Mensah, Perrin, and Alexandre began START apprenticeships during their junior and senior years of high school, while also taking dual credit classes at UK and at Bluegrass Community and Technical College (BCTC). In March 2020, it was clear that COVID-19 would become an obstacle for the students. However, with the help of their START mentors and their personal communities, they were able to push through and graduate while gaining authentic learning experiences.
“I am proud to see our first START apprentices reach this milestone,” said Bradley. “Despite going through the program during the pandemic, each of them has developed and demonstrated the resilience to be successful for graduating and at the next step. Our apprentices had many options available to them for college, but they cited a strong sense of belonging to the University of Kentucky, which is a result of our many cross-campus and community partnerships.”
START mentors are assigned to apprentices to help them through the trials and triumphs of the program. These mentors are UK faculty, staff or students who have been trained to encourage their apprentices and enrich their experience. Together, apprentice/mentor pairs receive authentic lab and research experiences on campus and beyond, learning real-world practices and applications. Mentors give insight into the college experience, decision making, goal setting and available paths, while modeling academic resilience and success. Kathleen Salmeron, Ph.D., assistant professor of neuroscience, was the START mentor for Perrin and Alexandre in their last semester.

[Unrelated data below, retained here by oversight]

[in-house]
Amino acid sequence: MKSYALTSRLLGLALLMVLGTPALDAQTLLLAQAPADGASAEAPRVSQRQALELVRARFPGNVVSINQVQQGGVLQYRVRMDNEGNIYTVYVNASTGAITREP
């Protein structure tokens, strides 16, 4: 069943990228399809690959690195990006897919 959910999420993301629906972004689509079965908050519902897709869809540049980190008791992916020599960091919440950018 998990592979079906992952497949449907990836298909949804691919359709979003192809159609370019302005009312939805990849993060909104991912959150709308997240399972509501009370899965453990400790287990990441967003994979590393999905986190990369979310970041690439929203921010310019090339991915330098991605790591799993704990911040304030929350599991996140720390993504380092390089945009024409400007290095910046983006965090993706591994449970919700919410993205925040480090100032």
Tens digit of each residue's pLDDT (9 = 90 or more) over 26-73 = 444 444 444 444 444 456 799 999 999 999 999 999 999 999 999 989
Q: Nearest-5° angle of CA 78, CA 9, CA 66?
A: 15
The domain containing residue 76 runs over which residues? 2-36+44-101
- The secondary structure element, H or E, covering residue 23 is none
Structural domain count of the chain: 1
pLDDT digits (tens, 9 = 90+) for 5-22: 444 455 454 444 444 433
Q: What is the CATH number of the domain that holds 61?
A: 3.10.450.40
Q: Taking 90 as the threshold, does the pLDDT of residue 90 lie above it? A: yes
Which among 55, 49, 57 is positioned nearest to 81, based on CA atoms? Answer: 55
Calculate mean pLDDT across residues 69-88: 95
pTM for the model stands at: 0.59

“They are exactly the type of students that UK strives to attract,” said Salmeron. “They are motivated, curious and positive and mentoring them has been such a privilege.”
Thanks to START, UK has attracted all three of these women to the UK Lewis Honors College. Lordina was a Neuroscience START apprentice hoping to study in the UK College of Engineering. Perrin and Alexandre were also Neuroscience START apprentices, with focuses in anatomy. While they have not finalized what their majors at UK will be, they are both interested in continuing to study STEM.
An important part of the program is for graduates to “pay it forward” to the next generation. All three will be continuing their involvement with STEM and the START Program working at the summer STEM Camps, a weeklong, summer day camp experience for elementary, middle and high school students led by Margaret Mohr-Schroeder, professor of STEM education and associate dean in the College of Education, and serving as near-peer mentors for future START Apprentices.